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Therapy for Persons with IDD & Mental Disorders
Counseling for People with Intellectual Disabilities works. There are many Techniques that work for people with IDD and Mental Disorders.
History has not been kind to individuals with Intellectual Disability. More time and energy has been spent on controlling people with disabilities with medication, physical restraints, and restrictions. Counseling has been often excluded as an option.
Where are we today? There is a need for counseling for people with IDD. There is also greater need for Employment, Friendships, Family Support, and Mental Health Services in the light of growing Discrimination and Segregation of people with disabilities. The need for Counseling for people with IDD is due to their Social Loneliness, Emotional Loneliness, and Negative Experiences in life. These factors increase the risk of developing depression and other mental health issues and are very common among people with IDD.
Available research data indicates that almost 50% of the total population of people with Intellectual Disabilities are currently taking at least one psychotropic medication (Reiss). This population appears to be at greater risk of developing depression, anxiety and various mental health issues. Most common current treatments available to people with Co-occurring IDD and Mental Illness are Medication management, Psychiatrist Follow-Up, and Behavior Modification. These are not enough.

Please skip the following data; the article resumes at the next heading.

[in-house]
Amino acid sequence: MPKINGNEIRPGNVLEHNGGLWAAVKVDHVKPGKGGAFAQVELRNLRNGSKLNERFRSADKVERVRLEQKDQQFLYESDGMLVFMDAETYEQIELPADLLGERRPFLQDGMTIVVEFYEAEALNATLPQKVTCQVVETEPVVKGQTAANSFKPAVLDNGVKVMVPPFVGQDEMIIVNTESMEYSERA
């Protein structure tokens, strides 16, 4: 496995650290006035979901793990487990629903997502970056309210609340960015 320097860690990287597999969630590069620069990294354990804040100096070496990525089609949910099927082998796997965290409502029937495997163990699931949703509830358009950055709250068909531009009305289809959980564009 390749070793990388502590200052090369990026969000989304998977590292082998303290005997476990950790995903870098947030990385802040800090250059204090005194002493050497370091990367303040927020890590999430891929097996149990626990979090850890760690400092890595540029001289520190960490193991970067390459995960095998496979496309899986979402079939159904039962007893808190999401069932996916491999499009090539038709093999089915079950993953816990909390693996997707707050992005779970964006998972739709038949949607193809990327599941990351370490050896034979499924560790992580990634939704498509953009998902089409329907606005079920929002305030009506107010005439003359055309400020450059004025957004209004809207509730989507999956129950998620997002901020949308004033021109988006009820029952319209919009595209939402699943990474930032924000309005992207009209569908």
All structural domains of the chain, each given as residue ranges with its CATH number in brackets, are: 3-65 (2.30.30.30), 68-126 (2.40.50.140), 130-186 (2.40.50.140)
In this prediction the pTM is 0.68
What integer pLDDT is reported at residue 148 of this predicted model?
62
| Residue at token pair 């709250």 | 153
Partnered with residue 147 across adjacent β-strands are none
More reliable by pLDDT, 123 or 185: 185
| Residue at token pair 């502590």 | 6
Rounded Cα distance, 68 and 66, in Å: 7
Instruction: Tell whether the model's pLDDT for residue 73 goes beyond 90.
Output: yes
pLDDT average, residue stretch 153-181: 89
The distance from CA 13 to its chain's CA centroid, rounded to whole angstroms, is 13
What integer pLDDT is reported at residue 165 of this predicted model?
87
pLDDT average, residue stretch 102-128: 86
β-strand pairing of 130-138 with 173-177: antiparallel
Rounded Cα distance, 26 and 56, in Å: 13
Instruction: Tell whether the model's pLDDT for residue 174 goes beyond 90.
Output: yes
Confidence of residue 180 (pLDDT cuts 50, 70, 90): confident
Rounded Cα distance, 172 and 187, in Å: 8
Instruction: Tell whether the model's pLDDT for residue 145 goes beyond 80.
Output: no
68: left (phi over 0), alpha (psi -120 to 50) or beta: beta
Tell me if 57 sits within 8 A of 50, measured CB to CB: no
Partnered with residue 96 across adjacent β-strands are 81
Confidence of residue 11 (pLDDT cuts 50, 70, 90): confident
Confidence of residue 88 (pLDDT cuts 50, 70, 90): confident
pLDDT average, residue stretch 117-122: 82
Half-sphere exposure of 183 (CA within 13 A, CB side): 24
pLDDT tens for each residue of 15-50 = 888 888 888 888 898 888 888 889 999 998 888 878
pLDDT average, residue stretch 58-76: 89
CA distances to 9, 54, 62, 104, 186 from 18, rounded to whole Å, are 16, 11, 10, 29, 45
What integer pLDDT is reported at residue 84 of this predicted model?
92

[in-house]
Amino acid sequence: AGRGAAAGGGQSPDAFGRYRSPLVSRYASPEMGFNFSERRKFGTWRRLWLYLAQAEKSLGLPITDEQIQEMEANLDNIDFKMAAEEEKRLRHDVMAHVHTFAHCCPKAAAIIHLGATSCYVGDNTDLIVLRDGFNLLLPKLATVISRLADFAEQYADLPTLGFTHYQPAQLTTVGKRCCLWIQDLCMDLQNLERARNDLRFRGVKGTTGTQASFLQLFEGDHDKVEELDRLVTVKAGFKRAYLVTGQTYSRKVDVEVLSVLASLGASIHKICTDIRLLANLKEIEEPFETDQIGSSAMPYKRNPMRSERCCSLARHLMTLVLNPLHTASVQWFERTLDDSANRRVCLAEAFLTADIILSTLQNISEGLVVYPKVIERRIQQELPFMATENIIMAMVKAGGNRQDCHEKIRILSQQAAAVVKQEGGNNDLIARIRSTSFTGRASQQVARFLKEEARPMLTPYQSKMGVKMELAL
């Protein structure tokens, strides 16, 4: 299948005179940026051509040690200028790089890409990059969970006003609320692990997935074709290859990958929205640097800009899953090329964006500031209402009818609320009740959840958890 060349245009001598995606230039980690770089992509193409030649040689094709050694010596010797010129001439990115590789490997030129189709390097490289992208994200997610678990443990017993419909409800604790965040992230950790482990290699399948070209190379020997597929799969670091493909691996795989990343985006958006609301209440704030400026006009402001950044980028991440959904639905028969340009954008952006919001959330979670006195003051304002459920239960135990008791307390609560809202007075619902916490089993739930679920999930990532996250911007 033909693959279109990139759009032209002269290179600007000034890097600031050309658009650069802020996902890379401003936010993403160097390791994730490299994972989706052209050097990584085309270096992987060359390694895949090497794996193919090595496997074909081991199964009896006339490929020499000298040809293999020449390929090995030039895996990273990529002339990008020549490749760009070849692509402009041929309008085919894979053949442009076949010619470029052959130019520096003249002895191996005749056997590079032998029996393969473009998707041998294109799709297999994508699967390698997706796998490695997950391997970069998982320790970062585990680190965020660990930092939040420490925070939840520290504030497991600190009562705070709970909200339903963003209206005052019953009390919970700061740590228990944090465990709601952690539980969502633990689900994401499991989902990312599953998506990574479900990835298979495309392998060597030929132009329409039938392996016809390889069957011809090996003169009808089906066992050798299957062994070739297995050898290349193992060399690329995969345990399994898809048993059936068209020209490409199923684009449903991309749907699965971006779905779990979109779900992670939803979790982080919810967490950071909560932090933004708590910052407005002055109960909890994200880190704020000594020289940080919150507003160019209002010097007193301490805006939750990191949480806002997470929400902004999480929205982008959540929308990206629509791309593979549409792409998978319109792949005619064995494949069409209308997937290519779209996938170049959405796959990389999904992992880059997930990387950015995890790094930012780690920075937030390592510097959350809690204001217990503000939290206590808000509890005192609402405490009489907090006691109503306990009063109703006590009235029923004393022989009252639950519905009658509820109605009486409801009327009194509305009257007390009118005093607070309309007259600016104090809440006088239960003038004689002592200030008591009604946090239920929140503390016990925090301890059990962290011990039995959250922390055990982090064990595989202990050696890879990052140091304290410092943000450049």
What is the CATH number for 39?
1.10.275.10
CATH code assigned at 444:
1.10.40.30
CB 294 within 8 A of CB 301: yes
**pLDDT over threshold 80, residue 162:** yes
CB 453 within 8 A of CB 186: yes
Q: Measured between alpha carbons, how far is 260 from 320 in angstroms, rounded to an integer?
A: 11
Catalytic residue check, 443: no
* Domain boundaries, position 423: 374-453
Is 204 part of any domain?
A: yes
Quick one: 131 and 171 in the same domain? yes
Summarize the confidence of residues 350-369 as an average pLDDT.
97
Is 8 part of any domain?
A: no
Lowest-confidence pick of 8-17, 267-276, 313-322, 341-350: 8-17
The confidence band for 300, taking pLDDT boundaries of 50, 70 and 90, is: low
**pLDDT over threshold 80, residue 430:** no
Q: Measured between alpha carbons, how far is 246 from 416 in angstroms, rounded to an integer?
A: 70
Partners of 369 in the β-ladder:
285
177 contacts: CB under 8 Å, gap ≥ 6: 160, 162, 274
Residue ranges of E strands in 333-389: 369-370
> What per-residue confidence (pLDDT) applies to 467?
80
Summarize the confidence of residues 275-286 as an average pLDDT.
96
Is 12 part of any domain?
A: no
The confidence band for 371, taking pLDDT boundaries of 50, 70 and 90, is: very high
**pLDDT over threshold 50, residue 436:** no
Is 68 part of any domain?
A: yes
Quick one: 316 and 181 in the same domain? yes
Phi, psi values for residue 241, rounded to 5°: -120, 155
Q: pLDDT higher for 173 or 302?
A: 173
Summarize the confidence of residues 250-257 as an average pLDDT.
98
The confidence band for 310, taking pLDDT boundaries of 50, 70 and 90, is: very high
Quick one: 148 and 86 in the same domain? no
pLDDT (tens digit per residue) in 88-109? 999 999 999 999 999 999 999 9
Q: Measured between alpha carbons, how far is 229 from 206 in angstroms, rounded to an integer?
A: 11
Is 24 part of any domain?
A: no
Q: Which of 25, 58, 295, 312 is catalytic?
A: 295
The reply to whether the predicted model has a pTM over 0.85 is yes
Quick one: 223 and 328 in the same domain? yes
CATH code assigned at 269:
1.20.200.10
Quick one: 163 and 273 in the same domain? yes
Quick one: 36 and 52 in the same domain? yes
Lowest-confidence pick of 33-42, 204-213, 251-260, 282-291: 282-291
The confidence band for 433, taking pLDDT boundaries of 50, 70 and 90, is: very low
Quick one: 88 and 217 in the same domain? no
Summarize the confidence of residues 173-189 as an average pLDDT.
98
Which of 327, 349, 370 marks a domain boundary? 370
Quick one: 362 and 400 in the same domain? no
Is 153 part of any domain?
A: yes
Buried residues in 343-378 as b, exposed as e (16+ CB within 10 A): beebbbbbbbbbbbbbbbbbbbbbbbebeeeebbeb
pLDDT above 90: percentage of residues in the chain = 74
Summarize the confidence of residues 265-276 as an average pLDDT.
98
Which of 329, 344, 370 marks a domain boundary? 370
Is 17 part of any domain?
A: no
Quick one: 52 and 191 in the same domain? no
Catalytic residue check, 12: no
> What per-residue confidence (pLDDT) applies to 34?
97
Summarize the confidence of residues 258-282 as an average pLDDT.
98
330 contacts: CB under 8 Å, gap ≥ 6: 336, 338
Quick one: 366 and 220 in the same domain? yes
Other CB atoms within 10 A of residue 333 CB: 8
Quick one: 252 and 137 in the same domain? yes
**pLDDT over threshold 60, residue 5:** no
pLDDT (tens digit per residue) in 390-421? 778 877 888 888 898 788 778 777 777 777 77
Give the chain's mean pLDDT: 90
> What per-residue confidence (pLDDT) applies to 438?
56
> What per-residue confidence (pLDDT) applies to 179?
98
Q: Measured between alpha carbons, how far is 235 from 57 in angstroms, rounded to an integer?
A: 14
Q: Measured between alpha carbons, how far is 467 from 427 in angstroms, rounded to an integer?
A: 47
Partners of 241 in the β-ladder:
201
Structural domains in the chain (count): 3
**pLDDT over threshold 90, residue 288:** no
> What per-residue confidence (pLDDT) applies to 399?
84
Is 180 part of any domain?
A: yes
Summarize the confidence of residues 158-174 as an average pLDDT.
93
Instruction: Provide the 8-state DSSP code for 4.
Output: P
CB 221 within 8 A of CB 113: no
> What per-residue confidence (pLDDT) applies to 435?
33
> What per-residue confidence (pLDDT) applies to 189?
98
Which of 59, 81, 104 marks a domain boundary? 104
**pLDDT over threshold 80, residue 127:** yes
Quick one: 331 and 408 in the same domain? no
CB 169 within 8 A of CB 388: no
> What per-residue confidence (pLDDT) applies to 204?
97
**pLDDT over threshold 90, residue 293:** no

What about Counseling and Psychiatric Rehabilitation Programs for people with co-occurring Intellectual Disability and Mental Disorders? It is clear that there is a need. Such need is not often felt because there is lack of education and experience within the counseling profession. Lack of training to professionals on people with co-occurring Intellectual Disability and Mental illness also widely exists . Treatment Techniques have to be altered slightly
Currently, many therapists do not feel comfortable working with individuals with co-occurring Intellectual Disability and Mental Disorders. Sometimes, an assumption is made that people with IDD don’t have the cognitive skills to participate in counseling. However, therapists can be effective with individuals with Intellectual or Developmental Disabilities, but often need to approach therapy differently.
How did we get here?? Lack of Education + Lack of Exposure = FEAR. “Us” and “Them”. Today, we have Special Olympics; We have Special Needs; Special Education. “You must need a really, really special counselor to work with those special people”.
Let’s there be “Us”, Not “Them”….Education and Exposure can lead to acceptance, understanding and appreciation. Accurate diagnosis is essential. Multiple methods must be used including self reports, observations, information from staff, family etc. Don’t jump into conclusions, look for possibilities. The “Problem” often is a misconception: behavioral challenges are not the problem…they are a SYMPTOM of the problem. “If you see the problem as the problem, then that my friend is the problem!”
Specific Techniques used are: Basic helping skills that are the same Modified CBT techniques. Solution Focused Therapy; Communication Alternatives; Role Playing Therapeutic Interventions etc.